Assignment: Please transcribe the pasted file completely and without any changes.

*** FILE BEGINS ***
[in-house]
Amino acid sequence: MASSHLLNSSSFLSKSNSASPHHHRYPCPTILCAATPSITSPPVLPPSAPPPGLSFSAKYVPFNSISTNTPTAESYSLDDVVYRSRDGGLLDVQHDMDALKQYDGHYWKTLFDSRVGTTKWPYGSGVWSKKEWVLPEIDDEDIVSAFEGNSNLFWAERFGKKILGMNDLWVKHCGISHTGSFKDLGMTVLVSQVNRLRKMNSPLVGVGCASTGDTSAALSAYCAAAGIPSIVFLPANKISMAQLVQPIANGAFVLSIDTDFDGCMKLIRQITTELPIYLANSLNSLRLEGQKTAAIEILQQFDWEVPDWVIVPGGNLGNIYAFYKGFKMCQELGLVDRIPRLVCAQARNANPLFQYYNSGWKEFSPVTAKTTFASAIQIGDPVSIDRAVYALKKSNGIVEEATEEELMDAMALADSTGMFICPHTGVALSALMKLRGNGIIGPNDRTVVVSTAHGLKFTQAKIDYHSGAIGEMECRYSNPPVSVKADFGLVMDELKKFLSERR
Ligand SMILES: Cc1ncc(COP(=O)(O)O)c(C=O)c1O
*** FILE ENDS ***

[in-house]
Amino acid sequence: MASSHLLNSSSFLSKSNSASPHHHRYPCPTILCAATPSITSPPVLPPSAPPPGLSFSAKYVPFNSISTNTPTAESYSLDDVVYRSRDGGLLDVQHDMDALKQYDGHYWKTLFDSRVGTTKWPYGSGVWSKKEWVLPEIDDEDIVSAFEGNSNLFWAERFGKKILGMNDLWVKHCGISHTGSFKDLGMTVLVSQVNRLRKMNSPLVGVGCASTGDTSAALSAYCAAAGIPSIVFLPANKISMAQLVQPIANGAFVLSIDTDFDGCMKLIRQITTELPIYLANSLNSLRLEGQKTAAIEILQQFDWEVPDWVIVPGGNLGNIYAFYKGFKMCQELGLVDRIPRLVCAQARNANPLFQYYNSGWKEFSPVTAKTTFASAIQIGDPVSIDRAVYALKKSNGIVEEATEEELMDAMALADSTGMFICPHTGVALSALMKLRGNGIIGPNDRTVVVSTAHGLKFTQAKIDYHSGAIGEMECRYSNPPVSVKADFGLVMDELKKFLSERR
Ligand SMILES: Cc1ncc(COP(=O)(O)O)c(C=O)c1O